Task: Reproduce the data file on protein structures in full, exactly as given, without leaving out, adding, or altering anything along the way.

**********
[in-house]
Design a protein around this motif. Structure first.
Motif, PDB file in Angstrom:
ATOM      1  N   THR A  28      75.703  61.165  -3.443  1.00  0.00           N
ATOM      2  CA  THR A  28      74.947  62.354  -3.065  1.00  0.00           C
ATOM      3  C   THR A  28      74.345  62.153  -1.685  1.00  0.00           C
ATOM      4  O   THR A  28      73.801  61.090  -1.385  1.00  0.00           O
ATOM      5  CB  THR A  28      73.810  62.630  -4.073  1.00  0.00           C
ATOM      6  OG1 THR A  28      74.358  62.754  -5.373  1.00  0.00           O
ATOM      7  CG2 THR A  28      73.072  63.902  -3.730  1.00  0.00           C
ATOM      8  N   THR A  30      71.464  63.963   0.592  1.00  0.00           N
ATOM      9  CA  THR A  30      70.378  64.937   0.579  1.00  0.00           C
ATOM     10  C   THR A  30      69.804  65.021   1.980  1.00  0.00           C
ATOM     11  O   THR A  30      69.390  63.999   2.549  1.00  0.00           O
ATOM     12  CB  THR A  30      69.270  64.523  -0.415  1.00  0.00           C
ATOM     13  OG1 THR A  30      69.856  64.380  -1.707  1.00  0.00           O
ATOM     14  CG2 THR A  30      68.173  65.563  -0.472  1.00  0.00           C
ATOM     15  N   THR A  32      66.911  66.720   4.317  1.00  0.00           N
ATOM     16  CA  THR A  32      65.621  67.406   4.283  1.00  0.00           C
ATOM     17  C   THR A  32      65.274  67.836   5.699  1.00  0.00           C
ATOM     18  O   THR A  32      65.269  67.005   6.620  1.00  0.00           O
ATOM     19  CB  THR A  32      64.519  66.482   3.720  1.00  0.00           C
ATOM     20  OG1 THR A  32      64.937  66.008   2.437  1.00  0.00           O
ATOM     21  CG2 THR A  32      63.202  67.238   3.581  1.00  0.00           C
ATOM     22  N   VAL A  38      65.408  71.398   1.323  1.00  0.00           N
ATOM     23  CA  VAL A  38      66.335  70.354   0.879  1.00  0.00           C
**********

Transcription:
[in-house]
Design a protein around this motif. Structure first.
Motif, PDB file in Angstrom:
ATOM      1  N   THR A  28      75.703  61.165  -3.443  1.00  0.00           N
ATOM      2  CA  THR A  28      74.947  62.354  -3.065  1.00  0.00           C
ATOM      3  C   THR A  28      74.345  62.153  -1.685  1.00  0.00           C
ATOM      4  O   THR A  28      73.801  61.090  -1.385  1.00  0.00           O
ATOM      5  CB  THR A  28      73.810  62.630  -4.073  1.00  0.00           C
ATOM      6  OG1 THR A  28      74.358  62.754  -5.373  1.00  0.00           O
ATOM      7  CG2 THR A  28      73.072  63.902  -3.730  1.00  0.00           C
ATOM      8  N   THR A  30      71.464  63.963   0.592  1.00  0.00           N
ATOM      9  CA  THR A  30      70.378  64.937   0.579  1.00  0.00           C
ATOM     10  C   THR A  30      69.804  65.021   1.980  1.00  0.00           C
ATOM     11  O   THR A  30      69.390  63.999   2.549  1.00  0.00           O
ATOM     12  CB  THR A  30      69.270  64.523  -0.415  1.00  0.00           C
ATOM     13  OG1 THR A  30      69.856  64.380  -1.707  1.00  0.00           O
ATOM     14  CG2 THR A  30      68.173  65.563  -0.472  1.00  0.00           C
ATOM     15  N   THR A  32      66.911  66.720   4.317  1.00  0.00           N
ATOM     16  CA  THR A  32      65.621  67.406   4.283  1.00  0.00           C
ATOM     17  C   THR A  32      65.274  67.836   5.699  1.00  0.00           C
ATOM     18  O   THR A  32      65.269  67.005   6.620  1.00  0.00           O
ATOM     19  CB  THR A  32      64.519  66.482   3.720  1.00  0.00           C
ATOM     20  OG1 THR A  32      64.937  66.008   2.437  1.00  0.00           O
ATOM     21  CG2 THR A  32      63.202  67.238   3.581  1.00  0.00           C
ATOM     22  N   VAL A  38      65.408  71.398   1.323  1.00  0.00           N
ATOM     23  CA  VAL A  38      66.335  70.354   0.879  1.00  0.00           C